RESULTS: Synergetic effect of VE-TPGS was observed with RF through higher structural integrity of dentine collagen-fibrils shown by TEM/AFM. Superior surface/bulk mechanical stability was shown by nano-indentation/mechanical testing. Improvement in collagenase degradation resistance for hydroxyproline release was observed and lower endogenous-protease release of MMP-2/Cathepsin-K. Raman-analysis analysed chemical interactions between RF and collagen confirming structural-integrity of collagen fibrils after crosslinking. After 24h mineralization, AFM showed mineral depositions in close association with dentine-collagen fibrils with RF/VE-TPGS formulations.

    SIGNIFICANCE: Potential synergetic effect of RF/VE-TPGS was observed by reflection of higher structural integrity and conformational-stability of dentine-collagen fibrils.

    Matched MeSH terms: Collagen
  9. Talebi S, Daraghma SMA, Subramaniam RT, Bhassu S, Gnana Kumar G, Periasamy V
    ACS Omega, 2020 Apr 14;5(14):7802-7808.
    PMID: 32309689 DOI: 10.1021/acsomega.9b03831
    Proteins have been increasingly suggested as suitable candidates for the fabrication of biological computers and other biomolecular-based electronic devices mainly due to their interesting structure-related intrinsic electrical properties. These natural biopolymers are environmentally friendly substitutes for conventional inorganic materials and find numerous applications in bioelectronics. Effective manipulation of protein biomolecules allows for accurate fabrication of nanoscaled device dimensions for miniaturized electronics. The prerequisite, however, demands an interrogation of its various electronic properties prior to understanding the complex charge transfer mechanisms in protein molecules, the knowledge of which will be crucial toward development of such nanodevices. One significantly preferred method in recent times involves the utilization of solid-state sensors where interactions of proteins could be investigated upon contact with metals such as gold. Therefore, in this work, proteins (hemoglobin and collagen) were integrated within a two-electrode system, and the resulting electronic profiles were investigated. Interestingly, structure-related electronic profiles representing semiconductive-like behaviors were observed. These characteristic electronic profiles arise from the metal (Au)-semiconductor (protein) junction, clearly demonstrating the formation of a Schottky junction. Further interpretation of the electronic behavior of proteins was done by the calculation of selected solid-state parameters. For example, the turn-on voltage of hemoglobin was measured to occur at a lower turn-on voltage, indicating the possible influence of the hem group present as a cofactor in each subunit of this tetrameric protein.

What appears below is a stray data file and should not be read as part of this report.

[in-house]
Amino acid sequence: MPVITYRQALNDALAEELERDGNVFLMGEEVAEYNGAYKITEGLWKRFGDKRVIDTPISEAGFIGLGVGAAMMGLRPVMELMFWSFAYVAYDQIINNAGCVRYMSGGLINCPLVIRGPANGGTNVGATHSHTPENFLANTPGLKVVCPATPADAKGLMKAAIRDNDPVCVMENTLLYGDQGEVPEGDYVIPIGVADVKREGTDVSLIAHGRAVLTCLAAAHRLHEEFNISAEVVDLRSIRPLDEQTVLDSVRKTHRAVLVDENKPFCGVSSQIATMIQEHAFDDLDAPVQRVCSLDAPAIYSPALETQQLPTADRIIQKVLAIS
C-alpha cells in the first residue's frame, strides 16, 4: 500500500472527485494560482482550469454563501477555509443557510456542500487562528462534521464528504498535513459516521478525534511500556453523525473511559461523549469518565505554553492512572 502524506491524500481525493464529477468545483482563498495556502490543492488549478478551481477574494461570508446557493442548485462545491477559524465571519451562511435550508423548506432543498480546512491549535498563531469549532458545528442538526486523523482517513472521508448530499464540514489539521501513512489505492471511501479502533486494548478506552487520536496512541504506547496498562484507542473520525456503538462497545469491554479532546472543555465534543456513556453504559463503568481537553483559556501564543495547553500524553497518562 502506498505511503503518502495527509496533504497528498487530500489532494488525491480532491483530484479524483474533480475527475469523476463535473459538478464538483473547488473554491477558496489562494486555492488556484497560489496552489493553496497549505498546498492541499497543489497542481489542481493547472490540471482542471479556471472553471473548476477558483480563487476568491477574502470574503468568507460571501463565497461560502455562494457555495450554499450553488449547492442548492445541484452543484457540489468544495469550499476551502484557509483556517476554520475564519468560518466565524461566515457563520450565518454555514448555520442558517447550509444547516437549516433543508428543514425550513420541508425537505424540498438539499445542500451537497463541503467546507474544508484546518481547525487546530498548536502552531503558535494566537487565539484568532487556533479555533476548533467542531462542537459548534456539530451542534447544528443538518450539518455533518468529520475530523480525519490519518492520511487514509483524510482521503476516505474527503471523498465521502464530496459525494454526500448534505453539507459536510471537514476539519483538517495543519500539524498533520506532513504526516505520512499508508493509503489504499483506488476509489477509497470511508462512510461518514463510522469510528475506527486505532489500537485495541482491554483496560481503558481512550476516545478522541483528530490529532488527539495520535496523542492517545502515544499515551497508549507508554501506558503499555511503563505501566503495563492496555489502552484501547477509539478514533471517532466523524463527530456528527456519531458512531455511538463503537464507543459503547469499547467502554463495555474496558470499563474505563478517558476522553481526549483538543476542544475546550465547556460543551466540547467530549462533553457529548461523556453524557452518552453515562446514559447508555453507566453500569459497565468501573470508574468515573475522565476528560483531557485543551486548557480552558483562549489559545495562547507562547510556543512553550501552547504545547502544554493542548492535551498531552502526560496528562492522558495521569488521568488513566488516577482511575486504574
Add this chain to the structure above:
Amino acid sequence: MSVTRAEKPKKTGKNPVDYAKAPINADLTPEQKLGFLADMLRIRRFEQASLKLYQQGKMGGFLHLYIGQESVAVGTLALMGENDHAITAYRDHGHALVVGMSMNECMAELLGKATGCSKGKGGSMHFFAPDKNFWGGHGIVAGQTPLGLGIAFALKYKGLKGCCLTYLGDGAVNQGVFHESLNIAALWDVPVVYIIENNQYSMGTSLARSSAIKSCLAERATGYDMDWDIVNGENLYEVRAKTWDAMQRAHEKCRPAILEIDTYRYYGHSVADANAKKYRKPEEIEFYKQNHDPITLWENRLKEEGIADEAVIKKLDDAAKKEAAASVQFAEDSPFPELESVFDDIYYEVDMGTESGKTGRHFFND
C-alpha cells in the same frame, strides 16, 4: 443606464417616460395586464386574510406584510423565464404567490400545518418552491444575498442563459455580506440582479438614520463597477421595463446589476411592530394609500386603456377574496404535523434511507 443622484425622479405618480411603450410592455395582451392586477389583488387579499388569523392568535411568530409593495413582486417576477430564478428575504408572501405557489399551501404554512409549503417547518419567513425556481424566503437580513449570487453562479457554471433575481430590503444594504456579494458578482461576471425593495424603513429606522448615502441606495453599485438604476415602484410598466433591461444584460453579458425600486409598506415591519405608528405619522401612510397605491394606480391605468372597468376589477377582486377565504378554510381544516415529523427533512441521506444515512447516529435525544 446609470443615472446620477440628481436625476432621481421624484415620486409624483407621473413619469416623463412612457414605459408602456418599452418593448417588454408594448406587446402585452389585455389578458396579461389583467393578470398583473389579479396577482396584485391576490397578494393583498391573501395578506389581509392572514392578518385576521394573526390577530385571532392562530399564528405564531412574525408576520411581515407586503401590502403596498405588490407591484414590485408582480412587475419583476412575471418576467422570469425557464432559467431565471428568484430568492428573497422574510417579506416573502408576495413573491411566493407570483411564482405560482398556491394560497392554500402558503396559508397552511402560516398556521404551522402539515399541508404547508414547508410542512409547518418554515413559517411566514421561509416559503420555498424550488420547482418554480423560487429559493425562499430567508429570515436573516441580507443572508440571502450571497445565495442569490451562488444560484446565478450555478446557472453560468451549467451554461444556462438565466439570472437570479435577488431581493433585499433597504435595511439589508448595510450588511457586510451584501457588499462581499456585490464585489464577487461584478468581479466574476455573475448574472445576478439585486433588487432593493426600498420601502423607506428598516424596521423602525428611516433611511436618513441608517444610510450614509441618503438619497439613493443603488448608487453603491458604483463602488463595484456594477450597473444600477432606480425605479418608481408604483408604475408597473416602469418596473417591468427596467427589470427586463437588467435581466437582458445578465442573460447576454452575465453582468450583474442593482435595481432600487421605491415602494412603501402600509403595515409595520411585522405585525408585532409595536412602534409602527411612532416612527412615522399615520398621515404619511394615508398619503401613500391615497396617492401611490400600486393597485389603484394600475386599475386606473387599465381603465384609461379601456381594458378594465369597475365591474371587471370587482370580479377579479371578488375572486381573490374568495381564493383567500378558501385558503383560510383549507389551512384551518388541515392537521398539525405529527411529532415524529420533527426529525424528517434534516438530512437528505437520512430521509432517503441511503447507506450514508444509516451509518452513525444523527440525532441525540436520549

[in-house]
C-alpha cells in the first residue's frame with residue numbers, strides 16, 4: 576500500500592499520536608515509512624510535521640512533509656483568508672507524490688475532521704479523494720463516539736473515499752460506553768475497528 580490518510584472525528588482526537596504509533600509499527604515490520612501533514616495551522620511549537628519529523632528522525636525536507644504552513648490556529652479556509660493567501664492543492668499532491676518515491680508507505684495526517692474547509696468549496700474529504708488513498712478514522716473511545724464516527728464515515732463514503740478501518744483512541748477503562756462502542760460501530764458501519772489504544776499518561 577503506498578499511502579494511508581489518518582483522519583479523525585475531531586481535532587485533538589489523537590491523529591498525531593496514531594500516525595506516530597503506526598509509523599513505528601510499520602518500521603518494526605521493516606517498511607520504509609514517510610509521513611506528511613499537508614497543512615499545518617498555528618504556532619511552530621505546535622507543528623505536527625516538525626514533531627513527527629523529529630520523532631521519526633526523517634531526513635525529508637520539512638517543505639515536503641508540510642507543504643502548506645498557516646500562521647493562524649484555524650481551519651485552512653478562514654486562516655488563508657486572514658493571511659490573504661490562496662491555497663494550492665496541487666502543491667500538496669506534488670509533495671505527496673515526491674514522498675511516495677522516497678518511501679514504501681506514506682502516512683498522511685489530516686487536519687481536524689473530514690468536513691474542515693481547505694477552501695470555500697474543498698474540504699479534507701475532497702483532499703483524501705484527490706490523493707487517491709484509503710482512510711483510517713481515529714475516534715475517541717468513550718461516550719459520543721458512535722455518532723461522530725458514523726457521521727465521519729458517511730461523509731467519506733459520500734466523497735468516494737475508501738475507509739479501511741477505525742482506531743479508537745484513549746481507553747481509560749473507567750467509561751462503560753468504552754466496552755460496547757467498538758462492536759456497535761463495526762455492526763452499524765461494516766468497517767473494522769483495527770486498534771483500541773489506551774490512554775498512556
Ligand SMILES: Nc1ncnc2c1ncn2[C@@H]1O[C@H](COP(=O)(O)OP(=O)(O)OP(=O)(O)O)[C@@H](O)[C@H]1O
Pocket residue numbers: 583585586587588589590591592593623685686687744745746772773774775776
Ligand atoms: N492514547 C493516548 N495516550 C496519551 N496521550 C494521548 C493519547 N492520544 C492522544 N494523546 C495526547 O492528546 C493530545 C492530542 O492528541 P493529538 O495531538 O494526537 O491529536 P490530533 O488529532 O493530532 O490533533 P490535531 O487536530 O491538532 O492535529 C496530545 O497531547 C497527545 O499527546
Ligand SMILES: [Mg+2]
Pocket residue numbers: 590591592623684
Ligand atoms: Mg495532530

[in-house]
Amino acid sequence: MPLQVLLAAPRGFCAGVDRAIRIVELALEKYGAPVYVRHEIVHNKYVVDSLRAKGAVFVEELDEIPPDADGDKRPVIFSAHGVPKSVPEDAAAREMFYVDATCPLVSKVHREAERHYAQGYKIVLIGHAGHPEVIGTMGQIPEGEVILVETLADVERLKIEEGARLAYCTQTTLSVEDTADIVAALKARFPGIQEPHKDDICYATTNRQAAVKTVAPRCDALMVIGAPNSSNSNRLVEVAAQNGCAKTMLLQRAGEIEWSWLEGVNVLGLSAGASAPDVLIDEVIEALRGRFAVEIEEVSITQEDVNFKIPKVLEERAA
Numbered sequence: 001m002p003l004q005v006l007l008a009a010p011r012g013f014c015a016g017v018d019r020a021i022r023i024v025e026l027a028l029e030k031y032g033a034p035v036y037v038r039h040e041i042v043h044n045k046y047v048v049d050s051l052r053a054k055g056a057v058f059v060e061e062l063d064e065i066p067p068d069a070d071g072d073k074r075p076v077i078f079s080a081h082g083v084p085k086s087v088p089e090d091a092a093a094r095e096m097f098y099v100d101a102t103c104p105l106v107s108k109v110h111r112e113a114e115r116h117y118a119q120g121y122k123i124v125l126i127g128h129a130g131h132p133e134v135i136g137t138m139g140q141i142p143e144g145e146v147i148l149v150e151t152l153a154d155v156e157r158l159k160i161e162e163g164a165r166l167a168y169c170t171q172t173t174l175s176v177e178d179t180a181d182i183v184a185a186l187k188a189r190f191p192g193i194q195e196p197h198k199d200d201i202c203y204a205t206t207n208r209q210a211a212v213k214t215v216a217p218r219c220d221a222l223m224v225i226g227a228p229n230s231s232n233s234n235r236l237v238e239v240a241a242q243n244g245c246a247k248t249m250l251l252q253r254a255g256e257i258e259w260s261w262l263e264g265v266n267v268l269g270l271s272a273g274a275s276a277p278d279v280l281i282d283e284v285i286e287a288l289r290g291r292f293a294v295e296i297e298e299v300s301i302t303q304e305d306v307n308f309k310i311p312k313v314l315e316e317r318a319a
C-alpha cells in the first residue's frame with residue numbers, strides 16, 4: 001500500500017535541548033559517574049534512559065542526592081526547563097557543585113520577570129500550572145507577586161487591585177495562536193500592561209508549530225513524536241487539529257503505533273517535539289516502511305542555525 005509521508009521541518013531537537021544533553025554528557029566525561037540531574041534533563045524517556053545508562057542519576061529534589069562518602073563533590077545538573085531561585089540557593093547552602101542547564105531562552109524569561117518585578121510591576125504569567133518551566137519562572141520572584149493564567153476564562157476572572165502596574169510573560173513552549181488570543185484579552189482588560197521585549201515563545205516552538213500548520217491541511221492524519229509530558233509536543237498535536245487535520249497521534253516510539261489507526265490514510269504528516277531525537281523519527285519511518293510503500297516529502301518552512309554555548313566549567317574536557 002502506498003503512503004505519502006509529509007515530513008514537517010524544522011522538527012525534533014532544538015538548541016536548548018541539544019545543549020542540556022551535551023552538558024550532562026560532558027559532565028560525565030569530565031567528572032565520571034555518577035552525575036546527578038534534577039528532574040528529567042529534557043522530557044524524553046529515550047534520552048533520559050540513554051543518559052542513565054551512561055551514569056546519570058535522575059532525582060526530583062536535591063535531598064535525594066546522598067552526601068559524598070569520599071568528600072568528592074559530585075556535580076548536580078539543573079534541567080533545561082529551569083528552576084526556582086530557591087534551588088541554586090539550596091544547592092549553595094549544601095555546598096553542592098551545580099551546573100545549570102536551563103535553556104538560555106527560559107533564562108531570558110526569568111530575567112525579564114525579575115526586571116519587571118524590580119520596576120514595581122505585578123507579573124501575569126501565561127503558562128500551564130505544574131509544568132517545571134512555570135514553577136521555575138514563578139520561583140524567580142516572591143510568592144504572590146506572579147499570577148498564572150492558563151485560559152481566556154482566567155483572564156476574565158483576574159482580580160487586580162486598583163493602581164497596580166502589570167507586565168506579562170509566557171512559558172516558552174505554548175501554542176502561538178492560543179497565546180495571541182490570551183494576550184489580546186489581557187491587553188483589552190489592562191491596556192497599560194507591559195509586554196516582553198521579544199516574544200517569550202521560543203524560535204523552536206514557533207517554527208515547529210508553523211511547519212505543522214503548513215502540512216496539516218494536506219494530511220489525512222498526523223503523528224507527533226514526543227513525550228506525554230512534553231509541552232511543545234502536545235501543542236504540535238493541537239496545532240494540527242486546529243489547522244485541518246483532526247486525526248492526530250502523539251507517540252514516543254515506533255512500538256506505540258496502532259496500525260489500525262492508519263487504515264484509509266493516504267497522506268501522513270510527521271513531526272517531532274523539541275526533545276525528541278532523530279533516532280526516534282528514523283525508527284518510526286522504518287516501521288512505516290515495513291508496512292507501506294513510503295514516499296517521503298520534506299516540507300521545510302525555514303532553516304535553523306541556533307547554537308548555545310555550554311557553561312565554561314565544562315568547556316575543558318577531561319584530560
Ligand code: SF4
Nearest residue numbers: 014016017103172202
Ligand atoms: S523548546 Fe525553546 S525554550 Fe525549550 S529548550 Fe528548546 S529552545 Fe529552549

Matched MeSH terms: Collagen
  10. Saallah S, Roslan J, Julius FS, Saallah S, Mohamad Razali UH, Pindi W, et al.
    Molecules, 2021 Apr 28;26(9).
    PMID: 33924820 DOI: 10.3390/molecules26092564
    Collagen was extracted from the body wall of sea cucumber (Holothuria scabra) using the pepsin-solubilized collagen method followed by isolation using dialysis and the ultrafiltration membrane. The yield and physicochemical properties of the collagen obtained from both isolation methods, denoted as D-PSC and UF-PSC, were compared. The ultrafiltration method affords a higher yield of collagen (11.39%) than that of the dialysis (5.15%). The isolated collagens have almost the same amino acid composition, while their functional groups, referred to as amide A, B, I, II, and III bands, were in accordance with commercial collagen, as verified by Fourier Transform Infrared (FT-IR) spectroscopy. The UV-Vis absorption peaks at 240 nm and 220 nm, respectively, indicated that the collagens produced are type-I collagen. The D-PSC showed interconnecting sheet-like fibrils, while the UF-PSC exhibited a flaky structure with flat-sheets arranged very close to each other. The higher yield and comparable physicochemical properties of the collagen obtained by ultrafiltration as compared with dialysis indicate that the membrane process has high potential to be used in large-scale collagen production for food and pharmaceutical applications.
    Matched MeSH terms: Collagen/isolation & purification*; Collagen/ultrastructure; Collagen/chemistry*
  11. Shori AB, Hong YC, Baba AS
    Food Res Int, 2021 05;143:110238.
    PMID: 33992351 DOI: 10.1016/j.foodres.2021.110238